The door swung open and we rushed in. I went to a spot I had chosen from outside and started to look at the art up close. Knowing I didn’t have much time, I wrote numbers down on the card – paintings I liked in order… 26, 28, 30, 7, 136. Surely one of those five would be available. The line at the volunteer table was quickly growing so I jumped in. Within three more minutes the line reached the length of the gallery behind me.

A man was standing in line right in front of me. An out-of-breath woman came up and lifted up her phone. They had gone in with a plan. He had grabbed a spot in line while she ran up and down the walls taking shots of the paintings (with their associated numbers) with her phone. Now, the two of them were going over the artworks and deciding which one(s) they wanted to buy.

After a few minutes (I was the twentieth in line) it was my turn. Number 26, my first choice, was available. It was a work I had noticed on the website… and it had looked even better in person.

For the Love of Kettle Looking at the art

For the Love of Kettle
Looking at the art

For the Love of Kettle

For the Love of Kettle

For the Love of Kettle

For the Love of Kettle

Now, finally, I had time to leisurely push through the crowd and take a careful look at all of the hundred fifty works. They were all good. I thought that they could have sold them at random and I would have been happy – there were no more than two or three that I actually didn’t like. Still, I was pleased with what I chose.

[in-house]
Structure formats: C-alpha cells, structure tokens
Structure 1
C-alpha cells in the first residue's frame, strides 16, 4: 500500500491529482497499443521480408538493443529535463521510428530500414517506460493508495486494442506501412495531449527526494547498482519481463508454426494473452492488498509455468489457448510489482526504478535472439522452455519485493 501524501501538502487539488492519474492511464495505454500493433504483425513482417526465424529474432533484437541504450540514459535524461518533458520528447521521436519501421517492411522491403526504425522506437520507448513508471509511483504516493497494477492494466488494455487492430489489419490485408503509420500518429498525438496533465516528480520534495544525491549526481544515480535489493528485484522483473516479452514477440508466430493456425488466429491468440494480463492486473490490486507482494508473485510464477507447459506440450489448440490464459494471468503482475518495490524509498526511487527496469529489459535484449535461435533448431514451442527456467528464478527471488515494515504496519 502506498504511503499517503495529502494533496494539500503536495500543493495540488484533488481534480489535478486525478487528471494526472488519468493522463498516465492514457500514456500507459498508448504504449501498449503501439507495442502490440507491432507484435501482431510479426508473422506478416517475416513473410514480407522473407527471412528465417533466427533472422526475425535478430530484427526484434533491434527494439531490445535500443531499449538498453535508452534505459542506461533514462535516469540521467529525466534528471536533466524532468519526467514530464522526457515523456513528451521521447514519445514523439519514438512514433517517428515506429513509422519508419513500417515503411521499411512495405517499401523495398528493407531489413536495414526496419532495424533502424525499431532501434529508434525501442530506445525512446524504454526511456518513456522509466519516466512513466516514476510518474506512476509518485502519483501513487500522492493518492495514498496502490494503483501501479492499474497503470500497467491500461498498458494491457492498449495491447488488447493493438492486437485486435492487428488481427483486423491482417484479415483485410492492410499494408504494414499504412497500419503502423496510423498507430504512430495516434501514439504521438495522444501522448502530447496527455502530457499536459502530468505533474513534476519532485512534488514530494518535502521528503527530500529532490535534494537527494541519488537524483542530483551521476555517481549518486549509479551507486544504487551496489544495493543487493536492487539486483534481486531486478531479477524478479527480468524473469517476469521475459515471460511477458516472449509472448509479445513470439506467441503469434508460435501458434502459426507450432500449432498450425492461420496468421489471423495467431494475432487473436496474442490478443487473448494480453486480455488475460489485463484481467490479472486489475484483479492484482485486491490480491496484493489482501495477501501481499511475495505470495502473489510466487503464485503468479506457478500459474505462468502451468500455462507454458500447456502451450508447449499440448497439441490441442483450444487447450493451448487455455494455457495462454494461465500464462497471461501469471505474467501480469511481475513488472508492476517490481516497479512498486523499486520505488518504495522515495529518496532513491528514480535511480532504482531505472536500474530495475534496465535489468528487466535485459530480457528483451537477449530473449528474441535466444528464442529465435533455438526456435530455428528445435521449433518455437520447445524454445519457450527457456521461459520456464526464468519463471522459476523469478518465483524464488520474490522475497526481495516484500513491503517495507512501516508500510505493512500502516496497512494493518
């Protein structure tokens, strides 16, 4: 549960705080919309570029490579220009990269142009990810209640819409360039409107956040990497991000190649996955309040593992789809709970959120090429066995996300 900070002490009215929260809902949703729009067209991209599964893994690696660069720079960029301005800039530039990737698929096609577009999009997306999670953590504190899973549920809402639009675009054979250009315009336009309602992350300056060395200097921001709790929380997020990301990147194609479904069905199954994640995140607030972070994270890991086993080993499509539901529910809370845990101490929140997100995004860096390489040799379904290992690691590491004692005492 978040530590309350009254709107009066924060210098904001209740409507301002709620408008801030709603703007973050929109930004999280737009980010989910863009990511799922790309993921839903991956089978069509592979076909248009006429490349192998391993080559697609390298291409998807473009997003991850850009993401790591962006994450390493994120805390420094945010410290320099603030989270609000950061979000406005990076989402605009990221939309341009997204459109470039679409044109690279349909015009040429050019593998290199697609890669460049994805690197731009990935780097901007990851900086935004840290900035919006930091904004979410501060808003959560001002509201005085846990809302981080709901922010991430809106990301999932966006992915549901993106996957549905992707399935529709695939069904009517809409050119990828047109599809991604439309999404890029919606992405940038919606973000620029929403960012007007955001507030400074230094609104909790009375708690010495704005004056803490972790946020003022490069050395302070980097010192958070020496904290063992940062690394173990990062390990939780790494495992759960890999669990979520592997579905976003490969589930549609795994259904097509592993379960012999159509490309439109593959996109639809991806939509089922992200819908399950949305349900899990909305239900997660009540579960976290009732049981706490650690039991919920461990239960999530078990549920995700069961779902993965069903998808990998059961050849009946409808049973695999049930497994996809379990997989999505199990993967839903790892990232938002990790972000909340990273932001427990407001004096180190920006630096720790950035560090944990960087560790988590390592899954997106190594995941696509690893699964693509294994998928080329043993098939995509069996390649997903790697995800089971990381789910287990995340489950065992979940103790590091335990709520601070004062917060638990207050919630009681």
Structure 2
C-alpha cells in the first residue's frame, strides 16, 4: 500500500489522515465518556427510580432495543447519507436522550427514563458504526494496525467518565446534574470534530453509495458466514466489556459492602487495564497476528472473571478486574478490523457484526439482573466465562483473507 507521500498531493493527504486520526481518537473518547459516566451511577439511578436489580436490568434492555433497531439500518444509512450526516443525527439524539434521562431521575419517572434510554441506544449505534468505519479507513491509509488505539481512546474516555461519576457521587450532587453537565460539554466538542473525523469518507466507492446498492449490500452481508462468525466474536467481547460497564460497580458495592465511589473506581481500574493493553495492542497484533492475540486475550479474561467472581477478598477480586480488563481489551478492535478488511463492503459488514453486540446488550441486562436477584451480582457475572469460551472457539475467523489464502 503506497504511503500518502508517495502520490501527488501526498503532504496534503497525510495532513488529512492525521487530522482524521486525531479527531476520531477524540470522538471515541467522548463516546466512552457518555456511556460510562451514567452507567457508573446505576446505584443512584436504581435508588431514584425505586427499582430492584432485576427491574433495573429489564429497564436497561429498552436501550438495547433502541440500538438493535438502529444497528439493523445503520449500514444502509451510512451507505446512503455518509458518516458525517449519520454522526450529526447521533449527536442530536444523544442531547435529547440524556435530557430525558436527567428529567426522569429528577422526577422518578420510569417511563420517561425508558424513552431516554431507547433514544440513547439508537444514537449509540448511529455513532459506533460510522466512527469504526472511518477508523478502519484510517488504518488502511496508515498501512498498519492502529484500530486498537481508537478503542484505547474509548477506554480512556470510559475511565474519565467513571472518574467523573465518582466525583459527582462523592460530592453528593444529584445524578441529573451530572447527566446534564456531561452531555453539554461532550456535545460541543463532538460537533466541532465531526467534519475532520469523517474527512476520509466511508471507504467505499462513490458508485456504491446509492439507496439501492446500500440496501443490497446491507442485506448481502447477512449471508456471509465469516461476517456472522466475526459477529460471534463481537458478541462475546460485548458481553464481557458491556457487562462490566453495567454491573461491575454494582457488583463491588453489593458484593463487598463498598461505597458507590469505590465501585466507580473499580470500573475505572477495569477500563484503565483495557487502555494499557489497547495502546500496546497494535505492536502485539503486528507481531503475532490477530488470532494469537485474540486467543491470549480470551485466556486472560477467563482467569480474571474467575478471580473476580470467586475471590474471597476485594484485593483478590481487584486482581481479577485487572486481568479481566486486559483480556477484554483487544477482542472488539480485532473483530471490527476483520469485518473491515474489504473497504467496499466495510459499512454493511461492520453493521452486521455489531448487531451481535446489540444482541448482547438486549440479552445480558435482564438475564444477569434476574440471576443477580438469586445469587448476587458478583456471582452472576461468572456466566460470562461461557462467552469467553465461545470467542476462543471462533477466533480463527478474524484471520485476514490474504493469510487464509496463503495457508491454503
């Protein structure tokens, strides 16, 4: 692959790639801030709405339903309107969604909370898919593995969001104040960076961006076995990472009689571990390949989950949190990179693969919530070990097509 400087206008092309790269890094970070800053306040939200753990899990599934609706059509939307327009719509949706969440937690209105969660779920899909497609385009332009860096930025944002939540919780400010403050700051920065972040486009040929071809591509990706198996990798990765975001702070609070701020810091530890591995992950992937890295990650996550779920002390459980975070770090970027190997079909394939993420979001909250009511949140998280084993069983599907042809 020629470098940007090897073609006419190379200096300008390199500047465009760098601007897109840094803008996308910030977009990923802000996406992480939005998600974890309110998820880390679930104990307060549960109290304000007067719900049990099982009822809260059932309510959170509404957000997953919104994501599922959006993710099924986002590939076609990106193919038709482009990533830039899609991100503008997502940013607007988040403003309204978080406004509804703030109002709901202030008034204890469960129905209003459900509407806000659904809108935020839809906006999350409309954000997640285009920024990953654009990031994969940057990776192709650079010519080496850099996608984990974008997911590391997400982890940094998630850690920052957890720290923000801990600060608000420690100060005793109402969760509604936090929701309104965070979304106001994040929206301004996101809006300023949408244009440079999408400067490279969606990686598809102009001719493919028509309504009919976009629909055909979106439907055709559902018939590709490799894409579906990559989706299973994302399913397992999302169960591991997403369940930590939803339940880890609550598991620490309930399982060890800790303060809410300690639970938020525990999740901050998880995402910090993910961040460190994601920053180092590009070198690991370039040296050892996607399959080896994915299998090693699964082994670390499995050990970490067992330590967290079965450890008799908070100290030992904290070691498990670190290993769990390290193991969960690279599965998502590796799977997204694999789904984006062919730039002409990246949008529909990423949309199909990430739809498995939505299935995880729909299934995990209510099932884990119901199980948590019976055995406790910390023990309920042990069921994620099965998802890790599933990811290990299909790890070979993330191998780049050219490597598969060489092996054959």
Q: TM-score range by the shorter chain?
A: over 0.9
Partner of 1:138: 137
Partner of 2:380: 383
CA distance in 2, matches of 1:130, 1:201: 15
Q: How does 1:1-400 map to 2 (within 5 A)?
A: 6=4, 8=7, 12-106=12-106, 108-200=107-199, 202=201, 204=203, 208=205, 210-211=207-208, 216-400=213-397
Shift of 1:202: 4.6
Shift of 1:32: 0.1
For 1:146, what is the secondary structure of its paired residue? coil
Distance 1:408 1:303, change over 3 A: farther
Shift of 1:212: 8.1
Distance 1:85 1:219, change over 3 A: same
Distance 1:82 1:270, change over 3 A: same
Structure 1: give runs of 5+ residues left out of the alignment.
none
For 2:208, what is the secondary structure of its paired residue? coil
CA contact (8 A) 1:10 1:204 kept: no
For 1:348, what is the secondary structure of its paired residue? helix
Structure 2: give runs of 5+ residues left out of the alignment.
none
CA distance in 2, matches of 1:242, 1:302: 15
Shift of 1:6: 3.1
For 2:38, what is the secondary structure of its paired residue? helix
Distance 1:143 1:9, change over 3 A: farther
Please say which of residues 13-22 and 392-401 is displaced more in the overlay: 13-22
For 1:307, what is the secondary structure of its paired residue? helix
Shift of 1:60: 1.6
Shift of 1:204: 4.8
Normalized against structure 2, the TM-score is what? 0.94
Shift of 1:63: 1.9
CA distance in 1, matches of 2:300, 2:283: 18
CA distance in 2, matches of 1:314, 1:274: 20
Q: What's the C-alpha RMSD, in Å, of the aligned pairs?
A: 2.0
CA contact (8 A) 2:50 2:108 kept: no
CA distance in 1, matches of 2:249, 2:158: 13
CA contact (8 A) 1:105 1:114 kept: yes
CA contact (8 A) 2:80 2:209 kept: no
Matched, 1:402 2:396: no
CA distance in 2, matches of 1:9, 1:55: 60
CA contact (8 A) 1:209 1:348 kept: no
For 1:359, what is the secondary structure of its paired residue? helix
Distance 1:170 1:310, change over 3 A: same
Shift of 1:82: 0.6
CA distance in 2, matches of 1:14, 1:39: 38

The crowd was thick and happy. A lot of artists were there and some folks were taking pictures with the artists posing next to the artwork they had bought. That’s pretty cool.

A lot of people crowded into the gallery.

A lot of people crowded into the gallery.

They called my name and I went to pay. Since I was one of the first I had a discount and only paid forty two dollars. I milled around talking to people about what they had chosen, until the paintings were starting to disappear and I turned in my receipt and picked up my artwork.

A row of paintings. I chose the one in the middle.

A row of paintings. I chose the one in the middle.

Clay Stinnett painting on the wall at Kettle Gallery.

Clay Stinnett painting on the wall at Kettle Gallery.

On my way to the door, someone looked at my artwork and said, “Oh, you’ve got the Clay Stinnett,” then he read the text off the front – “Tumbling Tumbleweeds.”

The Weird and Wicked World of the Singing Cowboy by Clay Stinnett

The Weird and Wicked World of the Singing Cowboy
by Clay Stinnett

The title, written on the back, is The Weird and Wicked World of the Singing Cowboy. I really like it.

Clay Stinnett Tumblr
Clay Stinnett’s Honky Tonk Mind
Clay Stinnett Is Painting A Collection of Big Tex On Fire Pictures
Art We Like: Clay Stinnett at Smoke and Mirrors

I’m definitely going back next year… and I’ll be there early and near the front of the line.